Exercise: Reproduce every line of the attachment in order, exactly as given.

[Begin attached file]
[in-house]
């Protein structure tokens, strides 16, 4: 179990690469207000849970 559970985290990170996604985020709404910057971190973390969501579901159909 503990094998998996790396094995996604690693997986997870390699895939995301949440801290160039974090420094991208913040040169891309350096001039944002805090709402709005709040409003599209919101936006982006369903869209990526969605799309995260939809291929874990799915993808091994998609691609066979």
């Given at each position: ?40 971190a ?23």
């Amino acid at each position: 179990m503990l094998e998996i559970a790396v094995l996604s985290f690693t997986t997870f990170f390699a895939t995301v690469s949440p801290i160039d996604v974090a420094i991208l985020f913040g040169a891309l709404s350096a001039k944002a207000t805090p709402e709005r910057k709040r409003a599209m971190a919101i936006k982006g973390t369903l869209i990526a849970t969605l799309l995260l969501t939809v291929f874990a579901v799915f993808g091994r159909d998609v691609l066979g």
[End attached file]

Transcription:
[in-house]
């Protein structure tokens, strides 16, 4: 179990690469207000849970 559970985290990170996604985020709404910057971190973390969501579901159909 503990094998998996790396094995996604690693997986997870390699895939995301949440801290160039974090420094991208913040040169891309350096001039944002805090709402709005709040409003599209919101936006982006369903869209990526969605799309995260939809291929874990799915993808091994998609691609066979």
């Given at each position: ?40 971190a ?23």
């Amino acid at each position: 179990m503990l094998e998996i559970a790396v094995l996604s985290f690693t997986t997870f990170f390699a895939t995301v690469s949440p801290i160039d996604v974090a420094i991208l985020f913040g040169a891309l709404s350096a001039k944002a207000t805090p709402e709005r910057k709040r409003a599209m971190a919101i936006k982006g973390t369903l869209i990526a849970t969605l799309l995260l969501t939809v291929f874990a579901v799915f993808g091994r159909d998609v691609l066979g």